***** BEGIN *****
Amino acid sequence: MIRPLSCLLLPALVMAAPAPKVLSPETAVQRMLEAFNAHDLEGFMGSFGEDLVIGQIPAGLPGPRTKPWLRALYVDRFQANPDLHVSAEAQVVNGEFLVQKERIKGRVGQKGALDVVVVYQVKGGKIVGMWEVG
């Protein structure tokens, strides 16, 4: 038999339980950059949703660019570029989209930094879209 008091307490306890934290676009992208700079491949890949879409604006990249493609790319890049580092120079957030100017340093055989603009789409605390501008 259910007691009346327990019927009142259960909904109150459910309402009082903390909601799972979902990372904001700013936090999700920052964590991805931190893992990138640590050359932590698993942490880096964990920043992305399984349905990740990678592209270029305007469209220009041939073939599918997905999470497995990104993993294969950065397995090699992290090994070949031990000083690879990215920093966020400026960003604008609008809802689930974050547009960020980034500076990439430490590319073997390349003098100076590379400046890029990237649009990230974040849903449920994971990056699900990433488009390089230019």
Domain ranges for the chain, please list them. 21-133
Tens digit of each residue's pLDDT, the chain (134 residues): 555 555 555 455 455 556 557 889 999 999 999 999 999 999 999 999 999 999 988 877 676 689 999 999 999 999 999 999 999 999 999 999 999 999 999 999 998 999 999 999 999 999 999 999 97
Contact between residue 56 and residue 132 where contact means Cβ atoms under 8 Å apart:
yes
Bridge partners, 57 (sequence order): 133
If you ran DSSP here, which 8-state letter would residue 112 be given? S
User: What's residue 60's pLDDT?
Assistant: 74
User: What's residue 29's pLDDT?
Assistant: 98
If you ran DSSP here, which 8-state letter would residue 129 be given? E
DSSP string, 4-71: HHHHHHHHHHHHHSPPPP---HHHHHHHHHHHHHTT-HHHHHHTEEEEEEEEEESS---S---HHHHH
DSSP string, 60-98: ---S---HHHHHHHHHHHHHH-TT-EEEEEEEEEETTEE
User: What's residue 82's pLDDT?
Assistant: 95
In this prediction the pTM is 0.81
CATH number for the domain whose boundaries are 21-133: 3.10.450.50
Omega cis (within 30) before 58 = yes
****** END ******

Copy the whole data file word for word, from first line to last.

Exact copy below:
Amino acid sequence: MIRPLSCLLLPALVMAAPAPKVLSPETAVQRMLEAFNAHDLEGFMGSFGEDLVIGQIPAGLPGPRTKPWLRALYVDRFQANPDLHVSAEAQVVNGEFLVQKERIKGRVGQKGALDVVVVYQVKGGKIVGMWEVG
């Protein structure tokens, strides 16, 4: 038999339980950059949703660019570029989209930094879209 008091307490306890934290676009992208700079491949890949879409604006990249493609790319890049580092120079957030100017340093055989603009789409605390501008 259910007691009346327990019927009142259960909904109150459910309402009082903390909601799972979902990372904001700013936090999700920052964590991805931190893992990138640590050359932590698993942490880096964990920043992305399984349905990740990678592209270029305007469209220009041939073939599918997905999470497995990104993993294969950065397995090699992290090994070949031990000083690879990215920093966020400026960003604008609008809802689930974050547009960020980034500076990439430490590319073997390349003098100076590379400046890029990237649009990230974040849903449920994971990056699900990433488009390089230019």
Domain ranges for the chain, please list them. 21-133
Tens digit of each residue's pLDDT, the chain (134 residues): 555 555 555 455 455 556 557 889 999 999 999 999 999 999 999 999 999 999 988 877 676 689 999 999 999 999 999 999 999 999 999 999 999 999 999 999 998 999 999 999 999 999 999 999 97
Contact between residue 56 and residue 132 where contact means Cβ atoms under 8 Å apart:
yes
Bridge partners, 57 (sequence order): 133
If you ran DSSP here, which 8-state letter would residue 112 be given? S
User: What's residue 60's pLDDT?
Assistant: 74
User: What's residue 29's pLDDT?
Assistant: 98
If you ran DSSP here, which 8-state letter would residue 129 be given? E
DSSP string, 4-71: HHHHHHHHHHHHHSPPPP---HHHHHHHHHHHHHTT-HHHHHHTEEEEEEEEEESS---S---HHHHH
DSSP string, 60-98: ---S---HHHHHHHHHHHHHH-TT-EEEEEEEEEETTEE
User: What's residue 82's pLDDT?
Assistant: 95
In this prediction the pTM is 0.81
CATH number for the domain whose boundaries are 21-133: 3.10.450.50
Omega cis (within 30) before 58 = yes